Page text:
Former UK Military Chief Opposes Syria Strike

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Guthrie-2In an exclusive interview with LIGNET, a former head of Britain’s armed forces has voiced his strong opposition to a military strike on Syria, saying a war on the country would be a “mistake” as its consequences would be “particularly uncertain” and could make the situation “much, much worse.”

Field Marshall Charles Guthrie, Baron Guthrie of Craigiebank, also believes hostilities favoured by the Obama administration in reaction to an alleged chemical weapons attack last month would not fulfil the criteria of a just war.

Charles Guthrie served as head of Britain’s armed forces from 1997-2001 under Prime Minister Tony Blair. From 2000 until 2009 he was head of the SAS, Britain’s special forces. He commanded the British Army from 1994 to 1997 and advised the British government during the Bosnian and Kosovo wars.

Speaking to LIGNET Sept. 6th, Guthrie said: “I do not think we should carry out a military strike or anything like that – that’s mainly where I’m coming from.”

He said it would be “a mistake to go to war” because there are “a lot of reasons not to do it.”

“What effect will it have on the region? What effect will it actually have on the people on the ground?,” he asked. “And what we have to remember is that, quite honestly, every war has unforeseen consequences.”

He said this conflict is “particularly uncertain” because “we’re not quite sure of what the opposition is really like,” and he was wary of any military action in the Middle East in general. “There are other countries who are very fragile at the moment – I’m thinking of Lebanon and Jordan – so it could spread quite easily.”

Asked what he thought might be the most likely consequences would be, he said: “It’s difficult to say, but are we seriously going to say that if the bombs don’t work, we’re going to bomb and bomb and bomb, day after day, week after week? Is that a good policy?”

Over the course of his career, Lord Guthrie served in Malaysia, the Persian Gulf, the Balkans, East and West Africa and Northern Ireland. Last year, Queen Elizabeth II raised him to the rank of Field Marshal.

An expert in the ethics of war, in 2007 Guthrie co-authored with Sir Michael Quinlan, a former top official in Britain’s Ministry of Defense, a best-selling book called “Just War – The Just War Tradition: Ethics in Modern Warfare.”

He is particularly concerned that this operation would fail to measure up to the criteria for a just war. Without UN Security Council backing (never likely in this case), he said it would lack legitimate authority. He was also not fully convinced such a war would be a sufficient and proportionate response.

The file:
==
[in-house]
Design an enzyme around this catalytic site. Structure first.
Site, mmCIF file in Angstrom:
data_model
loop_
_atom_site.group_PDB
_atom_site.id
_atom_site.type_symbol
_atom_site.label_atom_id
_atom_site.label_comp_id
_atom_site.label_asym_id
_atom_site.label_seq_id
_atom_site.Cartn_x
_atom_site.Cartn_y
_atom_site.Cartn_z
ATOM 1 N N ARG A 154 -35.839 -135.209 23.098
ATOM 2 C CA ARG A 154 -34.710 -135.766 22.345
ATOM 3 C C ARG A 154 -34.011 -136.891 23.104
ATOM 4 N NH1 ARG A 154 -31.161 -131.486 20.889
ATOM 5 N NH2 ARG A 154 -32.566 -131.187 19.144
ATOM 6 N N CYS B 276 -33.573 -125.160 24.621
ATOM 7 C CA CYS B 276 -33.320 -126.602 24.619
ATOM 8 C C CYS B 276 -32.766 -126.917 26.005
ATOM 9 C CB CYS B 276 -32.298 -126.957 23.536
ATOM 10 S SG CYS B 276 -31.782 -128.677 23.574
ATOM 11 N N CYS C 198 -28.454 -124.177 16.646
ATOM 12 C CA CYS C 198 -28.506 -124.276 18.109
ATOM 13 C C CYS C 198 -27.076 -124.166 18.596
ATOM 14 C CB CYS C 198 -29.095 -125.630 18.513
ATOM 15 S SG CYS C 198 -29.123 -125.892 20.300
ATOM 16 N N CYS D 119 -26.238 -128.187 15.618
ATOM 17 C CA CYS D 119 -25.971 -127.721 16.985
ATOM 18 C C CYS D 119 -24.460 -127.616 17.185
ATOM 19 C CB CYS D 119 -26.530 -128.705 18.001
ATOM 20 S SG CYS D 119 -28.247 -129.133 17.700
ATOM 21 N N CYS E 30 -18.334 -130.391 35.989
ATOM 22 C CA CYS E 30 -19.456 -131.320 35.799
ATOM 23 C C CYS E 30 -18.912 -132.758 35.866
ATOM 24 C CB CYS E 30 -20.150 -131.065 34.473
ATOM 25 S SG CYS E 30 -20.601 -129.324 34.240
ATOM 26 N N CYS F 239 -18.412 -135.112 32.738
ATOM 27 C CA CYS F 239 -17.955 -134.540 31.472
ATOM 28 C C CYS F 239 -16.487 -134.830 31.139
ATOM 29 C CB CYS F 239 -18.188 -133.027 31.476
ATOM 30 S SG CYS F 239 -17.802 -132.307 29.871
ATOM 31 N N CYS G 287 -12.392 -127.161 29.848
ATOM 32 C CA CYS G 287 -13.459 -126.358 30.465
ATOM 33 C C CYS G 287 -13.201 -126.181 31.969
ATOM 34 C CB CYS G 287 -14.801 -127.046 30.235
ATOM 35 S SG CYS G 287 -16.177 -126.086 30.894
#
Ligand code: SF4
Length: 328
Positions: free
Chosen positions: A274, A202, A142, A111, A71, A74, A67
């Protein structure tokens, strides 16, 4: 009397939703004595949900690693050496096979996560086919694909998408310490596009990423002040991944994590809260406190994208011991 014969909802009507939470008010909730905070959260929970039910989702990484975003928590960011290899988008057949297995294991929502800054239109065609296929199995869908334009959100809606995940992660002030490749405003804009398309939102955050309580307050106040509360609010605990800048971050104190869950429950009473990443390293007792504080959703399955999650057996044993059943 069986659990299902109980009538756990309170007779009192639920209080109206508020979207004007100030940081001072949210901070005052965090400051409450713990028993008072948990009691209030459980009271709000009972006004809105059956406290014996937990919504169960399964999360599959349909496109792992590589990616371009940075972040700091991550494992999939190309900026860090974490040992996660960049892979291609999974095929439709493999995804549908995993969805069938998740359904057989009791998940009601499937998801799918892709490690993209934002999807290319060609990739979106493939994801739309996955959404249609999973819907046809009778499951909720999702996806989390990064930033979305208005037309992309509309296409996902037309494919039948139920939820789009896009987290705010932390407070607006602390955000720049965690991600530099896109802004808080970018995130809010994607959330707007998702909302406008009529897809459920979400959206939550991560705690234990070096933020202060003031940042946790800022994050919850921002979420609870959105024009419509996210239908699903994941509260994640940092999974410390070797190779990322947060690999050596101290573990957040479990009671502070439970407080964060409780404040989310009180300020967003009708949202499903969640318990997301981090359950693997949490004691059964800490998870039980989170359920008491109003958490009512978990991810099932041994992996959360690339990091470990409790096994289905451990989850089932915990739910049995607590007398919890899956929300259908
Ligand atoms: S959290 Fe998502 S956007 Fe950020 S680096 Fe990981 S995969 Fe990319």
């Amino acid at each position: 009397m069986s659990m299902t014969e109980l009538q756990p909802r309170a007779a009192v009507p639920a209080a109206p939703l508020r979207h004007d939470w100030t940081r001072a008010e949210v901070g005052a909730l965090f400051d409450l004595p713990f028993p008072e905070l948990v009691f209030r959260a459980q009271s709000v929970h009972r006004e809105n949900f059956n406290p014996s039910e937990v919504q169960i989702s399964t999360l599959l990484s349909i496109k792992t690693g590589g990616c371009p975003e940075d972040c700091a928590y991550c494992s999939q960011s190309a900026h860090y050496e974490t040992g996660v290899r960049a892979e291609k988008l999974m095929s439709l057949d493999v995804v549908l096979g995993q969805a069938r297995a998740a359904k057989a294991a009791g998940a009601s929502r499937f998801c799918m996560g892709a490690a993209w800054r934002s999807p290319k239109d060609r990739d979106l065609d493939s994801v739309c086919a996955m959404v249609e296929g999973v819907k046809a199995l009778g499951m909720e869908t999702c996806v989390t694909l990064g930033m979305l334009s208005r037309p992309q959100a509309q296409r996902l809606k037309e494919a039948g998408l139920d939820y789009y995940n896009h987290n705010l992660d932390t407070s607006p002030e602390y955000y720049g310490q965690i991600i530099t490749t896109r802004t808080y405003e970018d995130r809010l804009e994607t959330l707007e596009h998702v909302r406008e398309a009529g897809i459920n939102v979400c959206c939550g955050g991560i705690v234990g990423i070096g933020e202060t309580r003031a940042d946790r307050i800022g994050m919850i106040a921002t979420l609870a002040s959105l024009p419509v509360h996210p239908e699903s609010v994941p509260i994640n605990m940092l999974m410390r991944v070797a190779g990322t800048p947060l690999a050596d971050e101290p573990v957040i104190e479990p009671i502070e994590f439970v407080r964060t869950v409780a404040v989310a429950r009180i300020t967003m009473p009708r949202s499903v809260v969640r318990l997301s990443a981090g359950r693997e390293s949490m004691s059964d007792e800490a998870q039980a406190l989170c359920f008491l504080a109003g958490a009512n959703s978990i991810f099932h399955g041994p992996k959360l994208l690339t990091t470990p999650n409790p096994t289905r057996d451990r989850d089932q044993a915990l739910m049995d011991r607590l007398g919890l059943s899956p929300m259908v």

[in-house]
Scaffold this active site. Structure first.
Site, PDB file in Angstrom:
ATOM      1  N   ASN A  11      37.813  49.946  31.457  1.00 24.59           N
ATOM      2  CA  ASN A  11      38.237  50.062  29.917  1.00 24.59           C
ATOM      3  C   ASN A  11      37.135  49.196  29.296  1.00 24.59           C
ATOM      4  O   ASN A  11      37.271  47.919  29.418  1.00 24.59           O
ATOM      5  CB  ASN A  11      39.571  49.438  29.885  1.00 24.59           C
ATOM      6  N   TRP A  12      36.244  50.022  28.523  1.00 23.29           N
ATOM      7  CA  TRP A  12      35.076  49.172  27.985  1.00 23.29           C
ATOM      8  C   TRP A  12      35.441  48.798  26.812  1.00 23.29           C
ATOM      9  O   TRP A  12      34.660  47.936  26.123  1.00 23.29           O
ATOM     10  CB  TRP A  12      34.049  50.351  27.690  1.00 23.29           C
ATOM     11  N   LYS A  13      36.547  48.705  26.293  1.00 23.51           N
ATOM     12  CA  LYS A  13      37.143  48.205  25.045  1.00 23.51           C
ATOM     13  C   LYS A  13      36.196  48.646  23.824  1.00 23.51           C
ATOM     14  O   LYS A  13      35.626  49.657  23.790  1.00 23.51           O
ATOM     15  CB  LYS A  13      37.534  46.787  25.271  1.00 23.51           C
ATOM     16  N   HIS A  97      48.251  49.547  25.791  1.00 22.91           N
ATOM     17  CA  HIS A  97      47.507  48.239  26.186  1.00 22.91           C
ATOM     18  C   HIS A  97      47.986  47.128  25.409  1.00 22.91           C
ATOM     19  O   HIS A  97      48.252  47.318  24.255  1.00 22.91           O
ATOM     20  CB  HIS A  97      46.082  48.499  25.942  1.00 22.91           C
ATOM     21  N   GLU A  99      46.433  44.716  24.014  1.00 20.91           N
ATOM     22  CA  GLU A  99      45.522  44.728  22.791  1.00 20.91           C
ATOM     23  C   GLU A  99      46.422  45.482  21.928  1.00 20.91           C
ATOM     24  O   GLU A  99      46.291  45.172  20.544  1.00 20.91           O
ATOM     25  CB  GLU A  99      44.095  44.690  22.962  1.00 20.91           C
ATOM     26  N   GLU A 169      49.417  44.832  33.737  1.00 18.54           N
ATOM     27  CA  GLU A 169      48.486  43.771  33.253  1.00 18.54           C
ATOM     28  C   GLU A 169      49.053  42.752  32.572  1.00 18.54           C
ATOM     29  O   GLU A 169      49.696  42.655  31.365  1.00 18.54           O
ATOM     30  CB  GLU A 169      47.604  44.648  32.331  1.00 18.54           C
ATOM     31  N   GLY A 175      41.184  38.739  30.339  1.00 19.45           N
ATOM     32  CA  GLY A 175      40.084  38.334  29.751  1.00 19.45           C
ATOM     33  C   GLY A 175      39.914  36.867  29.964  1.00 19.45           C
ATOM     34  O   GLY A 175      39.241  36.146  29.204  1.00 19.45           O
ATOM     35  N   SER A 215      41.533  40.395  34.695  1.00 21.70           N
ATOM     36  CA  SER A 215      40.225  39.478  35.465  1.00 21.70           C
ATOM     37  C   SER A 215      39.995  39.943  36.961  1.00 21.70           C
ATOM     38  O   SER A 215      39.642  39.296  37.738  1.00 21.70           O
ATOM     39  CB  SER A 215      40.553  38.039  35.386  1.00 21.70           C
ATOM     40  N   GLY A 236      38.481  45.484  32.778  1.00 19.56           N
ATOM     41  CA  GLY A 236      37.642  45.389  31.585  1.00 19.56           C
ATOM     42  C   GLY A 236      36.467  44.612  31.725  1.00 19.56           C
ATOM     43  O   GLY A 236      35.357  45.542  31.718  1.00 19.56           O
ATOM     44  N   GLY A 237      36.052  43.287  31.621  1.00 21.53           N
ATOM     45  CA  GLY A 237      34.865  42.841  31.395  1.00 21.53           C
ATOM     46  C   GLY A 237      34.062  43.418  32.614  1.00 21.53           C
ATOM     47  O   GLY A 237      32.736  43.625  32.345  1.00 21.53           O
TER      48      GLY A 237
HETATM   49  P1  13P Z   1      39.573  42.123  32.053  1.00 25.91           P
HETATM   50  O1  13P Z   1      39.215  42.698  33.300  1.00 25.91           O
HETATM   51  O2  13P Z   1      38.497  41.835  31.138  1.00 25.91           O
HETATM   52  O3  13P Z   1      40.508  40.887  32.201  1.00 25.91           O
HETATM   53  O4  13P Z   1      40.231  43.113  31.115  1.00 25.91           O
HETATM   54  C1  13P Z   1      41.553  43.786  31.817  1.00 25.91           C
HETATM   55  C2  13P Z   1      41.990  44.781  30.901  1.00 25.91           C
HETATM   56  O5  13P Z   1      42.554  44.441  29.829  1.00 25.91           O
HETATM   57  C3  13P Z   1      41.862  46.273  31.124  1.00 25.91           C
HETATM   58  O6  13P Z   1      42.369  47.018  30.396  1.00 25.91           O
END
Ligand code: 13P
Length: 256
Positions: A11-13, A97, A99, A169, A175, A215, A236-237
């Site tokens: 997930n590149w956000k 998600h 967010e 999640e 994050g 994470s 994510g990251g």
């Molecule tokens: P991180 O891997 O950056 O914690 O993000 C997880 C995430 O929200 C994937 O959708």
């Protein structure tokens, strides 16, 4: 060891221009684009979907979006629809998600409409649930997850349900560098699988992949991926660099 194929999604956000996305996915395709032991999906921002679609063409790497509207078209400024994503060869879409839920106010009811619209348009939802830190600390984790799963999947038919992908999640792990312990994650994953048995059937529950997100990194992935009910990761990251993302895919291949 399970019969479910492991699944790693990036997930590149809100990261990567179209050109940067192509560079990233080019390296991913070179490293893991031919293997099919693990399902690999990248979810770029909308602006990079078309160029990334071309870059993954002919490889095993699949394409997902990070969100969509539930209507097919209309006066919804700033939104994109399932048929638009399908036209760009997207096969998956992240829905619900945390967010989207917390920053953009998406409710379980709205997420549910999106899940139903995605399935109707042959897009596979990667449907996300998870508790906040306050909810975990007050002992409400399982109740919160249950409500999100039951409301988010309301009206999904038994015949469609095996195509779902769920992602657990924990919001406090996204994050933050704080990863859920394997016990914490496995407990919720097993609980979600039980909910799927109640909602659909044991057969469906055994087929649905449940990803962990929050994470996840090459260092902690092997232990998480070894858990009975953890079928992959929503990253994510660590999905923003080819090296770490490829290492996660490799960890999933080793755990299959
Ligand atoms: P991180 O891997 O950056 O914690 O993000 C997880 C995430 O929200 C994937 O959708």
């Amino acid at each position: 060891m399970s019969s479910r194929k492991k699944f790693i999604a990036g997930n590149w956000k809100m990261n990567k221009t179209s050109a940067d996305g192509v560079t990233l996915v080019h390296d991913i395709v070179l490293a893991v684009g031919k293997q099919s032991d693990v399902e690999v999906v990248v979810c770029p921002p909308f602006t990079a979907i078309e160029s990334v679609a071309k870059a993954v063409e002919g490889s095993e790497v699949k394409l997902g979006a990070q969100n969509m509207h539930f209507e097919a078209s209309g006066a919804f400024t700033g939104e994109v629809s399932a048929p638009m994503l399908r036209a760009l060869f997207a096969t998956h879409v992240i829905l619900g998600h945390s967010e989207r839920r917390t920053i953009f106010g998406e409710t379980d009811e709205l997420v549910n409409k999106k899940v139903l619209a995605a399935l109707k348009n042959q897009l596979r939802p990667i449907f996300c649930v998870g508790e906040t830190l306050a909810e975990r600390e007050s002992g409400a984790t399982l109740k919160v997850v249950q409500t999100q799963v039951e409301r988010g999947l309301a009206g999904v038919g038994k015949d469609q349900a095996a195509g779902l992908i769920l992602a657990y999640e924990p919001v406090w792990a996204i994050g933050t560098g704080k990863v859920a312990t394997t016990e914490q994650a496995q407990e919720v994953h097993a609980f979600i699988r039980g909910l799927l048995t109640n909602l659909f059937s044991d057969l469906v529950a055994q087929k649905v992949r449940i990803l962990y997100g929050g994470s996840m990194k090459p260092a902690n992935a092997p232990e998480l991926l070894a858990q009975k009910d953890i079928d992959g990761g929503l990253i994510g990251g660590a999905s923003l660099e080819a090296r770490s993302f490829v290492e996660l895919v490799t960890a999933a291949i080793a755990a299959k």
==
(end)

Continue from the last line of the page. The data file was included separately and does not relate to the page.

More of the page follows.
“I think probably there’s a just cause, but it’s awfully difficult to tell,” Guthrie said. “You can never tell whether a war will go smoothly and easily. And when you’ve embarked on a war, there are unforeseen consequences and you’re never quite sure when it’s going to end.” He is also convinced that bombing a country “makes people war resolute.”

Moreover, he’s wary that bombs can hit the wrong targets. “They can hit civilians, there can be collateral damage, and what seems a frightfully good idea can be used against you,” he said.

Some just war theorists argue that punishment is a legitimate criteria, but Guthrie doesn’t share this view. “You’ve got to make the situation better and you could be making it much, much worse,” he said. The Field Marshal is also sceptical that a bombing campaign will be effective as a deterrence against further chemical weapons attacks in Syria. It could work, he said, “but at what price?”

He stressed it’s important to say that chemical weapons are a “horrible thing” and that people are “very emotional about it.”

“People recall even now, a long, long time after the First World War, that chemical warfare has been used recently by Iraq on the Kurds and on the Iranians,” he said. “But though it’s a particularly nasty and revolting way to kill people, there are a lot of other ways to kill people, too.”

A Catholic, Lord Guthrie is supportive of calls from Pope Francis and others for talks and a political settlement. “That’s absolutely right, but the difficult is getting people to want to talk,” he said. “The best way is for people to get round a table and hammer it out. It’s all very well for the Holy See to say that, but you’ve got to have two sides who earnestly want to have a solution, and whether you’ve got that I don’t know,” he said.

“Eventually they will come to the table I suspect, but they’re not ready to come yet and the Russians aren’t being particularly helpful.” Russia and Iran have been accused of arming President Bashar al-Assad. Other nations such as Saudi Arabia, Turkey and Qatar have been bankrolling Islamist rebel forces fighting the Assad regime, making this conflict “very, very complicated” and “completely different to Iraq,” he said.

“We need to say a lot of prayers,” Guthrie said.

Guthrie’s opposition to a military strike is similar to other very senior military figures such as Lord Dannatt, another former head of the British Army, who recently said he did not currently support military action in Syria “in any shape or form”.

This article appeared in LIGNET, 9 September 2013

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